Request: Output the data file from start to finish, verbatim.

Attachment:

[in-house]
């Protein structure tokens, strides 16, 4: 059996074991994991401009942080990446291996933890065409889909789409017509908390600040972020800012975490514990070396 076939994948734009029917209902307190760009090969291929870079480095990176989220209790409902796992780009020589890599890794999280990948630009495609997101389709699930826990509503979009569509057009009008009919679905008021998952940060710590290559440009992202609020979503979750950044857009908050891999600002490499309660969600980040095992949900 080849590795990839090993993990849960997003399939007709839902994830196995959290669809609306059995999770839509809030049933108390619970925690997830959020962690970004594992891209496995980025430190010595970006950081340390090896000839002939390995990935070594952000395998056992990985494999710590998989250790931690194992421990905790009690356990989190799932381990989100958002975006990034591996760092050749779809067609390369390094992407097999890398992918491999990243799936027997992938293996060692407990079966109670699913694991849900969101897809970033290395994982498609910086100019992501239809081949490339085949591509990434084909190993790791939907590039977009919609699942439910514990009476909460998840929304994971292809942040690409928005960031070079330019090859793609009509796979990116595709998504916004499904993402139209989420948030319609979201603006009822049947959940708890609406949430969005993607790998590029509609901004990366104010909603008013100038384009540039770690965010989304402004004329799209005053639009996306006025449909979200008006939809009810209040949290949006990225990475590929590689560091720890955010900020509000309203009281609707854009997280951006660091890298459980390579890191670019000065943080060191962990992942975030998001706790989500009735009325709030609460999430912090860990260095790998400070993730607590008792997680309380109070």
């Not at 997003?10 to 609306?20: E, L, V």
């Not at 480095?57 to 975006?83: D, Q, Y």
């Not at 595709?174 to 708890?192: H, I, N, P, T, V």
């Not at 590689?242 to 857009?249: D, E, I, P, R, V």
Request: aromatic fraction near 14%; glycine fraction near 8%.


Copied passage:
[in-house]
């Protein structure tokens, strides 16, 4: 059996074991994991401009942080990446291996933890065409889909789409017509908390600040972020800012975490514990070396 076939994948734009029917209902307190760009090969291929870079480095990176989220209790409902796992780009020589890599890794999280990948630009495609997101389709699930826990509503979009569509057009009008009919679905008021998952940060710590290559440009992202609020979503979750950044857009908050891999600002490499309660969600980040095992949900 080849590795990839090993993990849960997003399939007709839902994830196995959290669809609306059995999770839509809030049933108390619970925690997830959020962690970004594992891209496995980025430190010595970006950081340390090896000839002939390995990935070594952000395998056992990985494999710590998989250790931690194992421990905790009690356990989190799932381990989100958002975006990034591996760092050749779809067609390369390094992407097999890398992918491999990243799936027997992938293996060692407990079966109670699913694991849900969101897809970033290395994982498609910086100019992501239809081949490339085949591509990434084909190993790791939907590039977009919609699942439910514990009476909460998840929304994971292809942040690409928005960031070079330019090859793609009509796979990116595709998504916004499904993402139209989420948030319609979201603006009822049947959940708890609406949430969005993607790998590029509609901004990366104010909603008013100038384009540039770690965010989304402004004329799209005053639009996306006025449909979200008006939809009810209040949290949006990225990475590929590689560091720890955010900020509000309203009281609707854009997280951006660091890298459980390579890191670019000065943080060191962990992942975030998001706790989500009735009325709030609460999430912090860990260095790998400070993730607590008792997680309380109070």
């Not at 997003?10 to 609306?20: E, L, V």
């Not at 480095?57 to 975006?83: D, Q, Y």
């Not at 595709?174 to 708890?192: H, I, N, P, T, V």
């Not at 590689?242 to 857009?249: D, E, I, P, R, V």
Request: aromatic fraction near 14%; glycine fraction near 8%.